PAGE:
Christopher Weaver, in a piece from Kaiser Health News and NPR, writes about a Pfizer-funded seminar for journalists. To attend the annual seminar about cancer, hosted by the National Press Foundation, 15 journalists get an all-expenses-paid trip to Washington, D.C.
Foundation president Bob Myers says the pharmaceutical company does not have input on the meeting and an attendee of last year’s meeting, AHCJ member Joy Robertson, says she doesn’t remember Pfizer ever being mentioned at the event.
Commenters on the KHN/NPR include AHCJ members Ornstein; Andrew Holtz, M.P.H. (also a board member); Elaine Schattner, M.D.; and Schwitzer. Schattner, a licensed, non-practicing physician and medical educator, says “This is precisely how Pfizer and other companies try to influence physicians who, in their sometimes-arrogance, tend to think they’re “above” subtle persuasion. Are journalists any better?”
Journalist Merrill Goozner also has written about the seminar and says that that Pfizer has dictated the overall agenda:
Pfizer didn’t make an unrestricted grant to a journalism training organization. The money is being spent to train journalists in how to cover cancer.
Goozner points out, as does Holtz in his comment on the NPR/KHN piece, that “journalism spends less on training than almost any other profession” and that journalists have few opportunities to get out of the newsroom for professional education.
Covering Health wrote about this seminar and this issue last year. It’s worth noting, as we did then, that the Association of Health Care Journalists and the Center for Excellence in Health Care Journalism seek to minimize the possibility and appearance of inappropriate influence from outside parties. Pharmaceutical companies, insurance companies and medical device makers are examples of organizations with with AHCJ will not partner. Read AHCJ’s complete fundraising policies.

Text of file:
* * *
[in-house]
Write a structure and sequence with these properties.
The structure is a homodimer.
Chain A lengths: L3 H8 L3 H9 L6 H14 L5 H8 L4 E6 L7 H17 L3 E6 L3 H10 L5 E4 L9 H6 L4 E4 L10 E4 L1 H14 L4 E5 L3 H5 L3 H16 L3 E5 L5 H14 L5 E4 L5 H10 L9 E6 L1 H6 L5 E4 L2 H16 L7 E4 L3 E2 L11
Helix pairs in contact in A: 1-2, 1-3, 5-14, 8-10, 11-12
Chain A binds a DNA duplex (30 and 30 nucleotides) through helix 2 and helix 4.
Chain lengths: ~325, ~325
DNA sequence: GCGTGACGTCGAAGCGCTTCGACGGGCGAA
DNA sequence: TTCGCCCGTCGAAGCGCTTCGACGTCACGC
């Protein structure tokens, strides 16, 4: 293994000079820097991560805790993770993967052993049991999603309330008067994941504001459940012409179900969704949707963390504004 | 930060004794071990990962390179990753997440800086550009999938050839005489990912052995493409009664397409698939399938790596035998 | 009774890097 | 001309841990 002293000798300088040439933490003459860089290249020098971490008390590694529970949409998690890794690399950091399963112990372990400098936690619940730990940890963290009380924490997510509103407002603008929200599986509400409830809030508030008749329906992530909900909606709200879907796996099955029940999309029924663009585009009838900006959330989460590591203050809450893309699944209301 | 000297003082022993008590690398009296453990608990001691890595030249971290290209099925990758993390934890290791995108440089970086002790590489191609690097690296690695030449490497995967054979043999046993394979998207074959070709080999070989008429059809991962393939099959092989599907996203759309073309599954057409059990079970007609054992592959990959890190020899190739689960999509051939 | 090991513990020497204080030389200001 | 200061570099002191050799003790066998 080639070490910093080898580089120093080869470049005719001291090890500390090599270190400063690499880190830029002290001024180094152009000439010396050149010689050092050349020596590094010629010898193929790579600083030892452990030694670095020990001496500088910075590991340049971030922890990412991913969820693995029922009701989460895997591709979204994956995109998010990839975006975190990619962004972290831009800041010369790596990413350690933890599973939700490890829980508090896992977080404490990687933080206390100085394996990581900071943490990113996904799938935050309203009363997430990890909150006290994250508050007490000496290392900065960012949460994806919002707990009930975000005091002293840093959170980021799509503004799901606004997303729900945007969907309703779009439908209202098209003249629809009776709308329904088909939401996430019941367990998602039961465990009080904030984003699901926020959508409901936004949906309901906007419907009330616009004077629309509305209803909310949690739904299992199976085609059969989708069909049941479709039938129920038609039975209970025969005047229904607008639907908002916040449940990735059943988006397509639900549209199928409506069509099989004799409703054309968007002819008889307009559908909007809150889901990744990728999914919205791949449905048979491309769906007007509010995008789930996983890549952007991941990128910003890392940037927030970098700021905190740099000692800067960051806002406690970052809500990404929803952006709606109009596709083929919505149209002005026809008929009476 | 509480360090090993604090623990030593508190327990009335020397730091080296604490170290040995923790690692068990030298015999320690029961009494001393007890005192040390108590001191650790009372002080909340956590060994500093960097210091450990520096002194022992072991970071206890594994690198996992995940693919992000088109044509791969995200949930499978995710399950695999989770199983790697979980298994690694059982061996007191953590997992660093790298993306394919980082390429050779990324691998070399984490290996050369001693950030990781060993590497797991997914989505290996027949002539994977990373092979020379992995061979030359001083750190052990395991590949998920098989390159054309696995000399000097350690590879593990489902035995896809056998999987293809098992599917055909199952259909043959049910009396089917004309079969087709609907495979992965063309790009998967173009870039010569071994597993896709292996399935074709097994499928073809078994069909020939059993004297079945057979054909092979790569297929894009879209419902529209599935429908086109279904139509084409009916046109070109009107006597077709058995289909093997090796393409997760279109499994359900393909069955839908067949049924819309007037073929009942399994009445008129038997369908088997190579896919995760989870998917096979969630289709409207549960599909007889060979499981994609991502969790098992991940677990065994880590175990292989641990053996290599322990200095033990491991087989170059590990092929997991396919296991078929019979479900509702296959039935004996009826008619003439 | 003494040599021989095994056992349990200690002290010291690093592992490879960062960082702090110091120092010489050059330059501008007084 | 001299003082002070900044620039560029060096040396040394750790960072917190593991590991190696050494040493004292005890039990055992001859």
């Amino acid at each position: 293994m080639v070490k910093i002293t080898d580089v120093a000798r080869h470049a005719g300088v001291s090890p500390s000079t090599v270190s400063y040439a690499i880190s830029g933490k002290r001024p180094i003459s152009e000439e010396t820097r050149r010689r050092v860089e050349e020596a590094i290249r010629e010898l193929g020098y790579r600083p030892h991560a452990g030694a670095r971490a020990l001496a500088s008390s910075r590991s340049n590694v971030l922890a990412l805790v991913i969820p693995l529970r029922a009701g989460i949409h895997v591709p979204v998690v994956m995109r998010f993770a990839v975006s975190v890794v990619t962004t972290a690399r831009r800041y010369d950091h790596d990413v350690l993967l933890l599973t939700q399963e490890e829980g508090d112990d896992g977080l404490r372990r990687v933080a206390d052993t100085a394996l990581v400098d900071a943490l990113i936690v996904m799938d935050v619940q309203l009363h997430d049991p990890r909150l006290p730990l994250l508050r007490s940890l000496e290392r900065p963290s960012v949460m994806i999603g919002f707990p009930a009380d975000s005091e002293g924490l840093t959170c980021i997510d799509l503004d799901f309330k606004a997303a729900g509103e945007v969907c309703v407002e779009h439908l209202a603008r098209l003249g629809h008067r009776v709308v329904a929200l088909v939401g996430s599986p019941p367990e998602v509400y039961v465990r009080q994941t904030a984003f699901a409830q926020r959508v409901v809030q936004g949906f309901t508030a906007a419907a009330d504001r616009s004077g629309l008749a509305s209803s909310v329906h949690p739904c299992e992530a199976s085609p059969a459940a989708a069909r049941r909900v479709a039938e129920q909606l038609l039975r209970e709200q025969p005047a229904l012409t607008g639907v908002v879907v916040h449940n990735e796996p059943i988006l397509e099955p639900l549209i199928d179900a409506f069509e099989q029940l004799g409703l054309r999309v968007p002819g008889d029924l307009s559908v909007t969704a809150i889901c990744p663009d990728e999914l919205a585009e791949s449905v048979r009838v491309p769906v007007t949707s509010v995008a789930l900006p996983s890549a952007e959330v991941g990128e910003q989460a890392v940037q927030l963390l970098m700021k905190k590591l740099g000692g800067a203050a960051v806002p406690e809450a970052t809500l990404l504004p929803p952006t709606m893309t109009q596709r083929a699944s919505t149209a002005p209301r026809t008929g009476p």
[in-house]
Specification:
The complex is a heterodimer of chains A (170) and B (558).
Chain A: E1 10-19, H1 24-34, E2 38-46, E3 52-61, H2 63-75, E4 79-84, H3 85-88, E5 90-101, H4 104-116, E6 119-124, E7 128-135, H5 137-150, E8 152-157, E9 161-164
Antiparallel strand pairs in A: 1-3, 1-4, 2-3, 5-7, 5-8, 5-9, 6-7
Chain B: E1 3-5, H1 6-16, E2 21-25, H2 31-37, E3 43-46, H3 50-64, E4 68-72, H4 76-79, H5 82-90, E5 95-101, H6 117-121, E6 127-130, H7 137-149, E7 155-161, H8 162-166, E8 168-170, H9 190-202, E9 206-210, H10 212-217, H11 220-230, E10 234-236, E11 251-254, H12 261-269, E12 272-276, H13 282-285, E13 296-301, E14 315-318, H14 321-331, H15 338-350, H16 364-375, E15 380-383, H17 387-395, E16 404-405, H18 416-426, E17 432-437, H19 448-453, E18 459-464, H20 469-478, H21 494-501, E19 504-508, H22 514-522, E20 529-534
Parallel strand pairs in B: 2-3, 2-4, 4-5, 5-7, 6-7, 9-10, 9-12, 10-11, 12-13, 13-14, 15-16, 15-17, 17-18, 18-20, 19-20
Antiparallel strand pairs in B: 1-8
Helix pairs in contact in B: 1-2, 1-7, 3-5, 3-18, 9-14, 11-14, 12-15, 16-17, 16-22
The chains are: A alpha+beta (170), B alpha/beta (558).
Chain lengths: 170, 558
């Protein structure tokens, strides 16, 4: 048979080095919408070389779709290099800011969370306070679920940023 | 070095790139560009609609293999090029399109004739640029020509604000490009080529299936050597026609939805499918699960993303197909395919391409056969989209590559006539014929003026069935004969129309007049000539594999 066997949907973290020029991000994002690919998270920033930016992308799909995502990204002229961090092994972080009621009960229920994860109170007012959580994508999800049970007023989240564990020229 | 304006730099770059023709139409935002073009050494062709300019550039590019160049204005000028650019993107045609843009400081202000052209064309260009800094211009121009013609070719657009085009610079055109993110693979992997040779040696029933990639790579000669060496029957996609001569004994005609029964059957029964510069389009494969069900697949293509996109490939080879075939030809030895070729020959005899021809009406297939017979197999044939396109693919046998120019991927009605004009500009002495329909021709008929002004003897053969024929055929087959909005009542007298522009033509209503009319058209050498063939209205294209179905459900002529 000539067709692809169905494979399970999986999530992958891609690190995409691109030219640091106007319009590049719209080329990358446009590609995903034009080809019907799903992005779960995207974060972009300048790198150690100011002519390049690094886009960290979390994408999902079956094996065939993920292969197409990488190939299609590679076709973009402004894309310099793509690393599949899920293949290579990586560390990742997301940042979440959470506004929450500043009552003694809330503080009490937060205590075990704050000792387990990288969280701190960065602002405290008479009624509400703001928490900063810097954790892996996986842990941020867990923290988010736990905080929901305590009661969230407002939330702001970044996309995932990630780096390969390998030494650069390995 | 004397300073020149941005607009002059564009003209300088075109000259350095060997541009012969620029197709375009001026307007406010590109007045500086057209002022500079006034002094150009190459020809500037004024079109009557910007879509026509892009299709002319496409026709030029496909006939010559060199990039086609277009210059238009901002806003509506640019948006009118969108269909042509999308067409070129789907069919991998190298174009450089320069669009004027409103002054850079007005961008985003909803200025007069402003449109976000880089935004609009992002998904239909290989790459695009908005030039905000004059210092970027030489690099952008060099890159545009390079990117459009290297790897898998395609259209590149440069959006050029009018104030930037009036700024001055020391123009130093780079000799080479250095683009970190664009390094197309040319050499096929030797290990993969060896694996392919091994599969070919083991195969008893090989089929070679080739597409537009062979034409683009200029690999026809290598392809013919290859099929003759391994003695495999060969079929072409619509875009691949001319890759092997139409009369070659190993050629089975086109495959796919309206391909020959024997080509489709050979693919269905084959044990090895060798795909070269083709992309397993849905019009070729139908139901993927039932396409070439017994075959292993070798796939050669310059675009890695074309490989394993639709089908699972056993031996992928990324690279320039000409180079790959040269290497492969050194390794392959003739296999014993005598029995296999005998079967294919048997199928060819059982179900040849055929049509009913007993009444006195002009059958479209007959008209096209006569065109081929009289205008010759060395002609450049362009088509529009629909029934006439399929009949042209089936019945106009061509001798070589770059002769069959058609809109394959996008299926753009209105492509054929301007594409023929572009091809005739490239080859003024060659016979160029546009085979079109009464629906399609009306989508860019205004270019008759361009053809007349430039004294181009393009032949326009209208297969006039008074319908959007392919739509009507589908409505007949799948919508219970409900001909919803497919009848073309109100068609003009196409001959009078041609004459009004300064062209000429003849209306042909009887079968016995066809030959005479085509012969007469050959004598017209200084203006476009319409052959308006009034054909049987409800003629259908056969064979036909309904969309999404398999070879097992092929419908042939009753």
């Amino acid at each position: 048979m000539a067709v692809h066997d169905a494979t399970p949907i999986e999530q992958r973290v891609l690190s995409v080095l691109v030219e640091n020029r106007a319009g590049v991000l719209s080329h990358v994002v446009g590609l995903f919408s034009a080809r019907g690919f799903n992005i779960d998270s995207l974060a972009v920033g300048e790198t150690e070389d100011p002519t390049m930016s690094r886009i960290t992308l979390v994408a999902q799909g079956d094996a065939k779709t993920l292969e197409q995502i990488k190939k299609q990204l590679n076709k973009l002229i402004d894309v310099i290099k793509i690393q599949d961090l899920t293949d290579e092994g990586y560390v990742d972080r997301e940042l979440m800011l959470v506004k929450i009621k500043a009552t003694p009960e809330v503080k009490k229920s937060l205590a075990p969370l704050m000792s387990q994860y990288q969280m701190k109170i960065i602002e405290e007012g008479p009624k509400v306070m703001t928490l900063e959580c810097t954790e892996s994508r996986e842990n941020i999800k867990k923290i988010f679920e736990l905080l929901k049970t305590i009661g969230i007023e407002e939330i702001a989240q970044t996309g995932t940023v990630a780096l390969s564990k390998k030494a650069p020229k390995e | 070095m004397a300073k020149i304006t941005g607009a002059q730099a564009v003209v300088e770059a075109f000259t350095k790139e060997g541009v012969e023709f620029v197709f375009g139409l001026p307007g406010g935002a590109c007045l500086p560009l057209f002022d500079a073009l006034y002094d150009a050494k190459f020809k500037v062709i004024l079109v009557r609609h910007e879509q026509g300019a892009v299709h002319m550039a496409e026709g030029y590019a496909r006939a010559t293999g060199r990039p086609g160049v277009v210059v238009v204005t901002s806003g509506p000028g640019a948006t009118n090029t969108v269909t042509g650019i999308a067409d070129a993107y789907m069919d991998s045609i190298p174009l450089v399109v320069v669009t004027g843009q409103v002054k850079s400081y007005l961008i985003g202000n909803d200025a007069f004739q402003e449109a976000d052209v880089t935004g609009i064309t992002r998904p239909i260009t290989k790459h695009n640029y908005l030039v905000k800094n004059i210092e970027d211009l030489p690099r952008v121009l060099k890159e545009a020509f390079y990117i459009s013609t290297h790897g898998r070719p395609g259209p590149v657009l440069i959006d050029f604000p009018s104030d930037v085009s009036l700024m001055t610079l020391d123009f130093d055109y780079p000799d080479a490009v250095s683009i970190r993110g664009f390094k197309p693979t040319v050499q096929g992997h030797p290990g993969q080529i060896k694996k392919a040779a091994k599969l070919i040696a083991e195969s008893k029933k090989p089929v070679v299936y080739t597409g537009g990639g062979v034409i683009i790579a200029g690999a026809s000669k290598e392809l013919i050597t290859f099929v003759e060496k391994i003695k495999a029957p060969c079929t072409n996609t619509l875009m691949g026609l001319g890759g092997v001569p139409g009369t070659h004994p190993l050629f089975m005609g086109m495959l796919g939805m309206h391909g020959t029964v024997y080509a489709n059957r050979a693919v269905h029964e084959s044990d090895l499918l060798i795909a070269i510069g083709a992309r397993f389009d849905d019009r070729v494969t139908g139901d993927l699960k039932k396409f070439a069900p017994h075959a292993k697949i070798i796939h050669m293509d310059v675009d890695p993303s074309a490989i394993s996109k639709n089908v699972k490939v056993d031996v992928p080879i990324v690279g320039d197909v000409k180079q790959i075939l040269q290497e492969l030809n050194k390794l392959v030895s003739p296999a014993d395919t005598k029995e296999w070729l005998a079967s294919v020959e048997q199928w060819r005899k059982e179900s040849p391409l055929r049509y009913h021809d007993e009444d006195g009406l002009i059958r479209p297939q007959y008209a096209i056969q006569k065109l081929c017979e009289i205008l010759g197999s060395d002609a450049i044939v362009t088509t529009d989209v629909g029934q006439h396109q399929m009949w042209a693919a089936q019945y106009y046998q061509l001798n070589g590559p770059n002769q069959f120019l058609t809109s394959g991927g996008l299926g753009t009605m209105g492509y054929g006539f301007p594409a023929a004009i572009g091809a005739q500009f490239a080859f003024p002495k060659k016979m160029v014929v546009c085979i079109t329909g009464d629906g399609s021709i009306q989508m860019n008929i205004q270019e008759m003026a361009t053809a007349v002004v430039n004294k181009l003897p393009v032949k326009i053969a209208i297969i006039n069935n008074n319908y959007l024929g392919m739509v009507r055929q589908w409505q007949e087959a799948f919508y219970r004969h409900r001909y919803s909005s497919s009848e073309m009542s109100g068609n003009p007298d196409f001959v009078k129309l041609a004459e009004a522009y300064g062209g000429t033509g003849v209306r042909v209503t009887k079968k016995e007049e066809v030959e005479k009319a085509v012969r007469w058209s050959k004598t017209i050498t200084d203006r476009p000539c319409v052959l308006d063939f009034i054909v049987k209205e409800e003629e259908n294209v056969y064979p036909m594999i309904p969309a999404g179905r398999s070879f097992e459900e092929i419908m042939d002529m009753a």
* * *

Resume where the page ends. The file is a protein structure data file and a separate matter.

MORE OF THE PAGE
AHCJ’s Statement of Principles, which identifies challenges that health care reporters face and suggests how to meet those challenges, addresses the topic:
- Refuse gifts, favors, and special treatment. Refuse meals from drug companies and device manufacturers and refuse to accept unsolicited product samples sent in the mail.
- Weigh the potential benefits involved in accepting fees, honoraria, free travel, paid expenses from organizers of conferences or events against the desire to preserve our credibility with the audience and the need to avoid even the appearance of a conflict of interest.
- Also weigh the potential benefits of accepting awards from organizations sponsored by an entity with a vested interest in health care against our need for credibility.
- Weigh the potential conflict in accepting support from public, private, or foundation sources.